Dissociation : Vol. 8, No. 3, p. 142-154 : Adult attachment style, reported childhood violence history and types of dissociative experiences

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dc.contributor.author Coe, Michael T.
dc.contributor.author Dalenberg, Constance J.
dc.contributor.author Aransky, Kim M.
dc.contributor.author Reto, Cathy S.
dc.date.accessioned 2005-10-11T22:48:41Z
dc.date.available 2005-10-11T22:48:41Z
dc.date.issued 1995-09
dc.identifier.issn 0896-2863
dc.identifier.uri http://hdl.handle.net/1794/1613
dc.description p. 142-154 en
dc.description.abstract Undergraduate and first-year graduate students (n = 410) were assessed for adult attachment, history of exposure to violence in childhood, and frequency of four types of dissociative experiences. Violence history was related to attachment style, as were four factors extracted from two dissociation measures. Each attachment style was predicted by distinct patterns of violence history and dissociation. Importantly, the four types of dissociation, despite their conceptual relationship, were empirically independent clinical phenomena, at times entering the regression equations in significant and opposite directions. The findings are discussed in the context of empirical and clinical issues in adult attachment, child maltreatment, and dissociation. en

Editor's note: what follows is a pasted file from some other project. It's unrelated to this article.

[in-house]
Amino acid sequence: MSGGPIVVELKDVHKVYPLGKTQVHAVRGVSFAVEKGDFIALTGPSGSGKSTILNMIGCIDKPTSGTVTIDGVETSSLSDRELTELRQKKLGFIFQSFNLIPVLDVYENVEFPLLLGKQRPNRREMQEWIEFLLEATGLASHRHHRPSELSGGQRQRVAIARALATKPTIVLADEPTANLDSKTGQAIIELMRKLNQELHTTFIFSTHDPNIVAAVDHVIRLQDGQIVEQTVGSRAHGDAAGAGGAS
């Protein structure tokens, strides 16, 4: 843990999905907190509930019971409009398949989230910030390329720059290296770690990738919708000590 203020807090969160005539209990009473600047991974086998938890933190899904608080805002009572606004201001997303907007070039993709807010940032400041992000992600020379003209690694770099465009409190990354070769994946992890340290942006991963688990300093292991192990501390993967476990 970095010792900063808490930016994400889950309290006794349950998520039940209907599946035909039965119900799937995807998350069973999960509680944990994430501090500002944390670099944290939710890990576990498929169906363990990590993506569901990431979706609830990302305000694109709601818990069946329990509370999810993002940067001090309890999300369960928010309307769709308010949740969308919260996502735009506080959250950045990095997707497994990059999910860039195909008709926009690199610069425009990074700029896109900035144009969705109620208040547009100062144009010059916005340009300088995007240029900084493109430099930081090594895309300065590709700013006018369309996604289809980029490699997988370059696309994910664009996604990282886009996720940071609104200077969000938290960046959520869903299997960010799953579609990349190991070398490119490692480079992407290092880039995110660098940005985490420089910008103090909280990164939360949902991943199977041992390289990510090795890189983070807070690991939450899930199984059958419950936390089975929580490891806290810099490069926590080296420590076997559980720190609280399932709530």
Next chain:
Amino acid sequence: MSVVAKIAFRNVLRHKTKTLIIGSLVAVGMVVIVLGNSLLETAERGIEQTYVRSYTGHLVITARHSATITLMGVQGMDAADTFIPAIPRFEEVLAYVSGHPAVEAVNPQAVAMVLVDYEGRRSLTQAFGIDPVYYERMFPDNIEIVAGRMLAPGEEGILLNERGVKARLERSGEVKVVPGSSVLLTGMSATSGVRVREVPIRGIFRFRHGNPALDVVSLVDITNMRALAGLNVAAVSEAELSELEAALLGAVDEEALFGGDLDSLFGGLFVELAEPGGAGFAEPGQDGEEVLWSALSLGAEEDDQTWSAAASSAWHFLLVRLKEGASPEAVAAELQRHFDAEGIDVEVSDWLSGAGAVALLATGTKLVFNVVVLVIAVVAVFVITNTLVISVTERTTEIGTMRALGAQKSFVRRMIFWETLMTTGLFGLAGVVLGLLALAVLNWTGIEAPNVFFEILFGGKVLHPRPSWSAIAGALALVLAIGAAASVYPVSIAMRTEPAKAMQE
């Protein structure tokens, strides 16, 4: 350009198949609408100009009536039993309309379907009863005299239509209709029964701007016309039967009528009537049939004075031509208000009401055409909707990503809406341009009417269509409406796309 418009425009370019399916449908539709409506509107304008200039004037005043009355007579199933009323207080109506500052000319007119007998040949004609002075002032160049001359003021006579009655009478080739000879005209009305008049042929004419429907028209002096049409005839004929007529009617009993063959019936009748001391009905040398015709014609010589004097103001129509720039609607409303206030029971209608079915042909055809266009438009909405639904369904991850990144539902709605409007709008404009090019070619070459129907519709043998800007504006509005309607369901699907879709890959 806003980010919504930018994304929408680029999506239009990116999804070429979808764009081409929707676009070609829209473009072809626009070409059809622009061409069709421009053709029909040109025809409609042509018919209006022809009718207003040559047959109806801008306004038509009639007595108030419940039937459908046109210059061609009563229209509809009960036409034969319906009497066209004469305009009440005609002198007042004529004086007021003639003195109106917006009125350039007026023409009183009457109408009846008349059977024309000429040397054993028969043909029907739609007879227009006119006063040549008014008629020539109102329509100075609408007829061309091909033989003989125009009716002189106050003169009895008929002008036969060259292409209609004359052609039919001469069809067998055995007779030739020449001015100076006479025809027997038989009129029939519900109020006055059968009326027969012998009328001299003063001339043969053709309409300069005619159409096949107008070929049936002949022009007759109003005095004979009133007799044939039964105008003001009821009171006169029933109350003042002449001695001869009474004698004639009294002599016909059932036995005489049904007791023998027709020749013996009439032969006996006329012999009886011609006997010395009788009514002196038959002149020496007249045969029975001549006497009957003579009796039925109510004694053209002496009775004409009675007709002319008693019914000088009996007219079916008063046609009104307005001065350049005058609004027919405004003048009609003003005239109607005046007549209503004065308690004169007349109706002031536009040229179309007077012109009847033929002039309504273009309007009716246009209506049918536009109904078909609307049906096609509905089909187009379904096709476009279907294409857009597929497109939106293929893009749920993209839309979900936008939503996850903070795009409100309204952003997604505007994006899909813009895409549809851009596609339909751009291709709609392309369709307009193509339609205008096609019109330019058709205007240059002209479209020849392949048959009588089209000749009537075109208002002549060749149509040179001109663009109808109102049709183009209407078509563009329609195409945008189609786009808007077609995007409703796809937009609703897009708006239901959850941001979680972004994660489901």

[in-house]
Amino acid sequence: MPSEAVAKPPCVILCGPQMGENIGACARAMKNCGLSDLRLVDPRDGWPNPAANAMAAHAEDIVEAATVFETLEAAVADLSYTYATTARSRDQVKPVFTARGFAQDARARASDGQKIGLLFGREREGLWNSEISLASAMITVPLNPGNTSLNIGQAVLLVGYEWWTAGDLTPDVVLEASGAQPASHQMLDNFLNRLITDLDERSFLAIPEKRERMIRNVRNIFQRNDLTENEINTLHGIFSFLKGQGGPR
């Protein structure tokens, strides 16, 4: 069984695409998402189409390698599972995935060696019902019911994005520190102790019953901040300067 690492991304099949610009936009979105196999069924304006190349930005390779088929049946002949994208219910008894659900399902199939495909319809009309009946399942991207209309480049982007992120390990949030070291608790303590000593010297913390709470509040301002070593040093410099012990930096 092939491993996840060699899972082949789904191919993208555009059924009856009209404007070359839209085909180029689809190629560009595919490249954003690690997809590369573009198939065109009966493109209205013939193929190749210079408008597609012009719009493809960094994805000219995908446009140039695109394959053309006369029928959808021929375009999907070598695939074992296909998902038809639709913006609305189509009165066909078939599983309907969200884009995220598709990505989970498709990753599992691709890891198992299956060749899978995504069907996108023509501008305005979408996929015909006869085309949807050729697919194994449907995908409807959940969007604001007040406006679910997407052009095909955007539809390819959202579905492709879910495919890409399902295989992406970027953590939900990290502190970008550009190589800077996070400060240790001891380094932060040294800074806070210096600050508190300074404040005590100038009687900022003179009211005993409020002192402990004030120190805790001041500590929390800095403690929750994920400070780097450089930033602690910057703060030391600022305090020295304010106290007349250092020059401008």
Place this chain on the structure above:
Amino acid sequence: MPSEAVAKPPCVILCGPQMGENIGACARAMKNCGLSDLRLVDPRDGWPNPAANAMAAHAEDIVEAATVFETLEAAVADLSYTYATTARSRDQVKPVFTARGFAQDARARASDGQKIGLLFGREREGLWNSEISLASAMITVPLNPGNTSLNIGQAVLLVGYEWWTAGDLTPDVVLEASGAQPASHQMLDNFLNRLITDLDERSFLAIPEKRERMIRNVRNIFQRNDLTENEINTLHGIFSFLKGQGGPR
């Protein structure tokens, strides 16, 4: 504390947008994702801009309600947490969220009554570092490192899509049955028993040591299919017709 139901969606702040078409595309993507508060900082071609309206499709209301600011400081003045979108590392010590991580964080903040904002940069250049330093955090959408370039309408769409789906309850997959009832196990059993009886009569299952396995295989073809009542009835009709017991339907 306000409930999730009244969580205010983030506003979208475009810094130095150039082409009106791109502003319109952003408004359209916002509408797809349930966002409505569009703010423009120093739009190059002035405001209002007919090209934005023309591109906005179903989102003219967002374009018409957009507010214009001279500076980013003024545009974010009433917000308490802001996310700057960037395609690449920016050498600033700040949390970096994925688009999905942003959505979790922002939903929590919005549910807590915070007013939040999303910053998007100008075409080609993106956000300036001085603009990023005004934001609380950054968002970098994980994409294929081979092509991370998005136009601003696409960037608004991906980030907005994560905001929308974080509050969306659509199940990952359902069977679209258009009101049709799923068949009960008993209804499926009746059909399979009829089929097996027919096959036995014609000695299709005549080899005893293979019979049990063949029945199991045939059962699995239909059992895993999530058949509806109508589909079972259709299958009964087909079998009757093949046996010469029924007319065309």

dc.format.extent 508625 bytes
dc.format.mimetype application/pdf
dc.language.iso en_US en
dc.publisher Ridgeview Institute and the International Society for the Study of Dissociation en
dc.title Dissociation : Vol. 8, No. 3, p. 142-154 : Adult attachment style, reported childhood violence history and types of dissociative experiences en
dc.title.alternative Adult attachment style, reported childhood violence history and types of dissociative experiences en
dc.type Article en


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